Has VW Group decided to take a holiday away from Norway this quarter? Jump into the comments if you have insights.

I gave an update on Norway’s fleet transition in last month’s report.


I’ve mentioned that Norway’s weak economy is likely responsible for the massive 50% drop in auto market volume, including BEV volumes.

The last GDP update was from Q4, and showed just 0.5% YoY growth, from negative 1.9% in Q3. Inflation reduced slightly to 4.5% in February (latest), from 4.7% in January. Interest rates remained flat at 4.5% (February, latest). Manufacturing PMI worsened to 50.8 points in March, from 51.9 points in February. As I stated earlier, both consumer confidence and business confidence remain historically weak.

Norway’s OFV agrees that the economic conditions are to blame for the massive drop in auto volumes, stating: “New car sales, which are often a kind of temperature gauge on people’s finances, reflect the financial challenges many are experiencing…” (OFV statement, machine translation).

The OFV also says that:

“[N]ow most people choose smaller and more moderately priced new cars than in the past five or six years… this will affect new car sales going forward… Many of the major car manufacturers now see a large market in smaller, less expensive cars, not least electric cars, and are turning parts of their production towards this. … In the future, there will be many new smaller and more affordable electric cars on the Norwegian market. At the same time, there will be cars that satisfy many people’s needs, and that can quickly challenge brands and models that have long been well established in Norway.” (Machine translation)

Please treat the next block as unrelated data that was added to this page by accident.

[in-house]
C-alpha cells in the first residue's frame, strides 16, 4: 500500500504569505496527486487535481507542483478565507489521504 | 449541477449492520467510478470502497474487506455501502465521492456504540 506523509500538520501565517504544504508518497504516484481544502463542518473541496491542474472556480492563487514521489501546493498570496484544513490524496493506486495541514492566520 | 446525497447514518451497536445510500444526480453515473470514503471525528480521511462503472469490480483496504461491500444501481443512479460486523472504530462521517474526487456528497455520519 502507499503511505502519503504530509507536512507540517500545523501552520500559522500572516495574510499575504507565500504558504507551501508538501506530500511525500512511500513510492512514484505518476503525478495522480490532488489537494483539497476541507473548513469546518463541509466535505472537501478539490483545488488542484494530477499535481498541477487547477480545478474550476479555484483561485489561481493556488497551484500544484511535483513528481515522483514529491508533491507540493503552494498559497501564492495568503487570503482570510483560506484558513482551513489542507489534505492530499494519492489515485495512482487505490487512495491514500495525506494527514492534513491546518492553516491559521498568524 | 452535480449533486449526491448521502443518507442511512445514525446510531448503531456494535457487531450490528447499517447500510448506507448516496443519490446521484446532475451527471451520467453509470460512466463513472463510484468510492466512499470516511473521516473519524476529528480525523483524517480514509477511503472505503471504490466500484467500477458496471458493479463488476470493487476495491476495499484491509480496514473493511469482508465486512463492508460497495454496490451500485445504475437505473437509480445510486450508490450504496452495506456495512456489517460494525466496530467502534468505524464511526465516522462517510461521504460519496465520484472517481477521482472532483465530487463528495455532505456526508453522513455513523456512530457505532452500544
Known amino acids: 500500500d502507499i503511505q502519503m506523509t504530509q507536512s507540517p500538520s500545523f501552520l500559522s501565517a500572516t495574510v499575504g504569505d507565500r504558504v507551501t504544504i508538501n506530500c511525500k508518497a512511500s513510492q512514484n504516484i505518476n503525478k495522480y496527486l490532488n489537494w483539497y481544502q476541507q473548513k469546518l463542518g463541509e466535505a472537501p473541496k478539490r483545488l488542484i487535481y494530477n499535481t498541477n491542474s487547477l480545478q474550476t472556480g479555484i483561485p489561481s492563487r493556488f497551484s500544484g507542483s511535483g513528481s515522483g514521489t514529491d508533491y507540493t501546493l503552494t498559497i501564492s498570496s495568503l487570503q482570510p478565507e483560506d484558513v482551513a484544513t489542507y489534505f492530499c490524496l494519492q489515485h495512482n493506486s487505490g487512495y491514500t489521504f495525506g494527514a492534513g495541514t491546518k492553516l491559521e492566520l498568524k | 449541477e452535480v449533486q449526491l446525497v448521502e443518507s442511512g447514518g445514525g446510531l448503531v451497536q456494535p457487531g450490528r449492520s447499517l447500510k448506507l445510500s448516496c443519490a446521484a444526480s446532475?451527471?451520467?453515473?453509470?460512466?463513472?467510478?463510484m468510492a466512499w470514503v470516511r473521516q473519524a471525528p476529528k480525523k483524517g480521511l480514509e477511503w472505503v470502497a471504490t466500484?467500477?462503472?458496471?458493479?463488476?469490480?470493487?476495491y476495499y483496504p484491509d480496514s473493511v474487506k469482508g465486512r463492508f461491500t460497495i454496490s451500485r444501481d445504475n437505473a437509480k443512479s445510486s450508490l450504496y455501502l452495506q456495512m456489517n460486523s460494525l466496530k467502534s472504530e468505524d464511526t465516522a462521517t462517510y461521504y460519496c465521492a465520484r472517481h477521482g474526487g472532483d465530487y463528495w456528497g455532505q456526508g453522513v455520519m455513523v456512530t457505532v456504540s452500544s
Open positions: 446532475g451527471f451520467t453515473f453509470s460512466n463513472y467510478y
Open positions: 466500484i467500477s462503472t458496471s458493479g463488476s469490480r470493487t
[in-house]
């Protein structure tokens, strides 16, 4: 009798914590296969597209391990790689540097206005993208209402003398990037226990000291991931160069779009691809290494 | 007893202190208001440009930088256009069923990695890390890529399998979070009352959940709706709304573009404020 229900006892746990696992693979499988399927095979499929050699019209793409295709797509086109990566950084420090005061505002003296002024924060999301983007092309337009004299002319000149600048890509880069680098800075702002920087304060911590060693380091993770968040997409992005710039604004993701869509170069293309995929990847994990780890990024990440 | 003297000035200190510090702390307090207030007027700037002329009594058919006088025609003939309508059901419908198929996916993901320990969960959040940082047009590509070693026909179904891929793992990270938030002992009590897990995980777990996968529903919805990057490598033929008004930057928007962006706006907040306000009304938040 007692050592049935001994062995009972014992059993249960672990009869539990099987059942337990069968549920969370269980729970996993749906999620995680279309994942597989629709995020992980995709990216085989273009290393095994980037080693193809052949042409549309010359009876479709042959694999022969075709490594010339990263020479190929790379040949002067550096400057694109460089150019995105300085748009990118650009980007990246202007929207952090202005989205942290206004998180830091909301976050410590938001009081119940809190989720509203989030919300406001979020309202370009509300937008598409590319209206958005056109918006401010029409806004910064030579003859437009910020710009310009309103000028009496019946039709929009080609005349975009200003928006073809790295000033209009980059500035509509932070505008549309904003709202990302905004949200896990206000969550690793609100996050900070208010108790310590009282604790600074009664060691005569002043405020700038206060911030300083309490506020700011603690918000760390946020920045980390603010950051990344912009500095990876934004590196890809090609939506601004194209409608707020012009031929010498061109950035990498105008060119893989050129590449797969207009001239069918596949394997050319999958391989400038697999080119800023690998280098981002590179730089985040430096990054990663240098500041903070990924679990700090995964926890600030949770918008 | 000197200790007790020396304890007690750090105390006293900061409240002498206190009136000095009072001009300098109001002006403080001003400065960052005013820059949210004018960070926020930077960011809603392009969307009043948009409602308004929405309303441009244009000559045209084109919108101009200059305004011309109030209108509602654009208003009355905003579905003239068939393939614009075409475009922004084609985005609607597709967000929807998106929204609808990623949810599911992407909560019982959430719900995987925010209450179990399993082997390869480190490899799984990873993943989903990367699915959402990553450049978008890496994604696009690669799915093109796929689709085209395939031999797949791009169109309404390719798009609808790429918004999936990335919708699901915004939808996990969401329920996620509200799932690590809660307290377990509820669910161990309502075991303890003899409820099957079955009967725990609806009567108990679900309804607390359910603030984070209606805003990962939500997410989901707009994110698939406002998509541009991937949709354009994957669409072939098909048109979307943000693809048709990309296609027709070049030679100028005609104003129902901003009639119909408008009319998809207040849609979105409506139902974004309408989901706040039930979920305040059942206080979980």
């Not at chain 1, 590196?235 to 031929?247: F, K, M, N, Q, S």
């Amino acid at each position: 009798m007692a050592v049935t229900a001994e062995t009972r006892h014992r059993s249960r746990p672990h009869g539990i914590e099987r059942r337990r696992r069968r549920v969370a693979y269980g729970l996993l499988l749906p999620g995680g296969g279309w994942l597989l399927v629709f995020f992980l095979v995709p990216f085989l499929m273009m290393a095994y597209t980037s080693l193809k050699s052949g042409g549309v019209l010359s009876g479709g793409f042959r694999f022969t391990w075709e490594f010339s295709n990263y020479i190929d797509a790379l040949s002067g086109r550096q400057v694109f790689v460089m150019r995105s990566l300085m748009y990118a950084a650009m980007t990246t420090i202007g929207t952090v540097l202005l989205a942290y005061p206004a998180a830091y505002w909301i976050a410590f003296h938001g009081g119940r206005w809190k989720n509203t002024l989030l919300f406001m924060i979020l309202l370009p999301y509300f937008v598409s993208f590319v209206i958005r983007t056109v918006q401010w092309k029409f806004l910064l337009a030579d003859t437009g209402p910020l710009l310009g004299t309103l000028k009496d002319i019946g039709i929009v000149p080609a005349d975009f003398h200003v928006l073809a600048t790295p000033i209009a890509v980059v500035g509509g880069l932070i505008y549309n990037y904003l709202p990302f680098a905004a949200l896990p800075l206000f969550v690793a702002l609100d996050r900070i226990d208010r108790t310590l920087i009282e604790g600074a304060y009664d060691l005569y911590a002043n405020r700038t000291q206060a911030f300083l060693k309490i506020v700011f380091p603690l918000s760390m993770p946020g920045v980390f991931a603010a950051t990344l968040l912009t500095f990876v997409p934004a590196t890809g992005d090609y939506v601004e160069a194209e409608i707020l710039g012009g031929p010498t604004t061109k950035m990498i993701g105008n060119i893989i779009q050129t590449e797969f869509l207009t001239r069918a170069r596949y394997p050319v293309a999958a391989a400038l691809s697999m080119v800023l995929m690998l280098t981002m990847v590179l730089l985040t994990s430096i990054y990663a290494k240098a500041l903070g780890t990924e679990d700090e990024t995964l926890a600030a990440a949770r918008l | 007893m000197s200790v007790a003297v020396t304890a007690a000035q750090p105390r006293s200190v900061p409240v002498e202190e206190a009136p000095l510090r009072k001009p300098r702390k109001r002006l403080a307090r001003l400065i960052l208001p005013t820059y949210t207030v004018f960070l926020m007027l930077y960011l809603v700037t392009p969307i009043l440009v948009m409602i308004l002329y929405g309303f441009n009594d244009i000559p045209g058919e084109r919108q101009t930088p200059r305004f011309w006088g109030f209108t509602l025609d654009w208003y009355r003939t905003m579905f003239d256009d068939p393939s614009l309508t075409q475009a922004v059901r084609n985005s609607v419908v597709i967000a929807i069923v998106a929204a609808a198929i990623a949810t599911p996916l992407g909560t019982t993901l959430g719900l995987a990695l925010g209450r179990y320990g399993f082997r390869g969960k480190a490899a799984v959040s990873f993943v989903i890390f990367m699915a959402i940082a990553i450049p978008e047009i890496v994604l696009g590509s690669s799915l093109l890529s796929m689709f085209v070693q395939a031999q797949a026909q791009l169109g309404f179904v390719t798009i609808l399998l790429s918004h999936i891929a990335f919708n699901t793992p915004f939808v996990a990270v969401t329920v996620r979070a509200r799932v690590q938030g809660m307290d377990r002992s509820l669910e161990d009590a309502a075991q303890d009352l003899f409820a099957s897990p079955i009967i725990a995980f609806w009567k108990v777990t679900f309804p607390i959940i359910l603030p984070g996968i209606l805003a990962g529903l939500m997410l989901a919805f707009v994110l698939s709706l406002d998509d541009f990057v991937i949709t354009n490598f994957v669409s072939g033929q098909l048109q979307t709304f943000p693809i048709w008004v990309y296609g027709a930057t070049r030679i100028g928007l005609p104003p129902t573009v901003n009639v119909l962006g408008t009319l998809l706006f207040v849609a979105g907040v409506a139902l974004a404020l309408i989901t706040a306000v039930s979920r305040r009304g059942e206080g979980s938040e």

This is an attractive idea, and regular readers will know that I have been banging this drum for a long time, but I see no signs of it actually happening yet. At least not to the extent it could and should be happening given the rapid fall in prices of BEV batteries and powertrains. An October report from JATO says that 2022 saw the exact opposite trend:

“[European prices] continue to rise…. To buy an EV, consumers would need to spend at least €18,285 in Europe and €24,400/$26,500 in the US. This is 92% and 146% more expensive than what they would pay for the cheapest combustion car available, respectively … largely due to the industry’s continued focus on premium EVs ahead of more widely affordable mid-range [vehicles] … many Western carmakers increased their prices while consumers were made to wait longer for new vehicles. For many OEMs this strategy paid off. In 2022, most of these companies reported fewer units sold, but higher revenue and record profits.” (JATO’s “EV Price Gap” report, October 2023)

As to the OFV’s closing sentiment that this possible emergence of more affordable BEVs may “quickly challenge brands and models that have long been well established in Norway [and Europe]” (and which — I will add — have for decades dragged their feet on the EV transition), well, we can only hope that karma will indeed catch up with them.

What are your thoughts on Norway’s EV transition? Please join in the conversation below.